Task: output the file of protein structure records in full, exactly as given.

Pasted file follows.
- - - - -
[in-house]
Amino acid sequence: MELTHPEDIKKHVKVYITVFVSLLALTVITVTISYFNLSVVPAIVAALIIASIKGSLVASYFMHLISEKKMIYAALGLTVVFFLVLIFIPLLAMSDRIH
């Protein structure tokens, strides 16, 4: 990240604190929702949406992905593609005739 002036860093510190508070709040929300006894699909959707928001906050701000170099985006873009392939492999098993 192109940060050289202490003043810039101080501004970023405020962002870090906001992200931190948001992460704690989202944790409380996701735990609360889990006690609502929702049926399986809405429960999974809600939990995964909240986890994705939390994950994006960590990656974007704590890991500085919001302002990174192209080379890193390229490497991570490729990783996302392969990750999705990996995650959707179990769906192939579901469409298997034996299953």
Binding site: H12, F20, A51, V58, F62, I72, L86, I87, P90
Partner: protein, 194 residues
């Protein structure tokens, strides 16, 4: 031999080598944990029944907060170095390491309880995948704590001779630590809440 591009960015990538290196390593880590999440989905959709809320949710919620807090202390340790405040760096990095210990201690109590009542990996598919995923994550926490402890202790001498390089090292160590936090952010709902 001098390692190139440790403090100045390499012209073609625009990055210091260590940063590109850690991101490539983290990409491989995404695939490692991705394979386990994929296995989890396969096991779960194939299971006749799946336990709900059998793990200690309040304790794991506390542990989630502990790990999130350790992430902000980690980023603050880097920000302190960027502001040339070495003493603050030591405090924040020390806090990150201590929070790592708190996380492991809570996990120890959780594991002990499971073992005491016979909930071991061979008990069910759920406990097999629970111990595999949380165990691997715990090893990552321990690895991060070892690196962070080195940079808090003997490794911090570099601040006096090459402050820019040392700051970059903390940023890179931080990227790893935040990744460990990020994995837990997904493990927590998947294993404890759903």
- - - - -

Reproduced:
[in-house]
Amino acid sequence: MELTHPEDIKKHVKVYITVFVSLLALTVITVTISYFNLSVVPAIVAALIIASIKGSLVASYFMHLISEKKMIYAALGLTVVFFLVLIFIPLLAMSDRIH
């Protein structure tokens, strides 16, 4: 990240604190929702949406992905593609005739 002036860093510190508070709040929300006894699909959707928001906050701000170099985006873009392939492999098993 192109940060050289202490003043810039101080501004970023405020962002870090906001992200931190948001992460704690989202944790409380996701735990609360889990006690609502929702049926399986809405429960999974809600939990995964909240986890994705939390994950994006960590990656974007704590890991500085919001302002990174192209080379890193390229490497991570490729990783996302392969990750999705990996995650959707179990769906192939579901469409298997034996299953």
Binding site: H12, F20, A51, V58, F62, I72, L86, I87, P90
Partner: protein, 194 residues
């Protein structure tokens, strides 16, 4: 031999080598944990029944907060170095390491309880995948704590001779630590809440 591009960015990538290196390593880590999440989905959709809320949710919620807090202390340790405040760096990095210990201690109590009542990996598919995923994550926490402890202790001498390089090292160590936090952010709902 001098390692190139440790403090100045390499012209073609625009990055210091260590940063590109850690991101490539983290990409491989995404695939490692991705394979386990994929296995989890396969096991779960194939299971006749799946336990709900059998793990200690309040304790794991506390542990989630502990790990999130350790992430902000980690980023603050880097920000302190960027502001040339070495003493603050030591405090924040020390806090990150201590929070790592708190996380492991809570996990120890959780594991002990499971073992005491016979909930071991061979008990069910759920406990097999629970111990595999949380165990691997715990090893990552321990690895991060070892690196962070080195940079808090003997490794911090570099601040006096090459402050820019040392700051970059903390940023890179931080990227790893935040990744460990990020994995837990997904493990927590998947294993404890759903």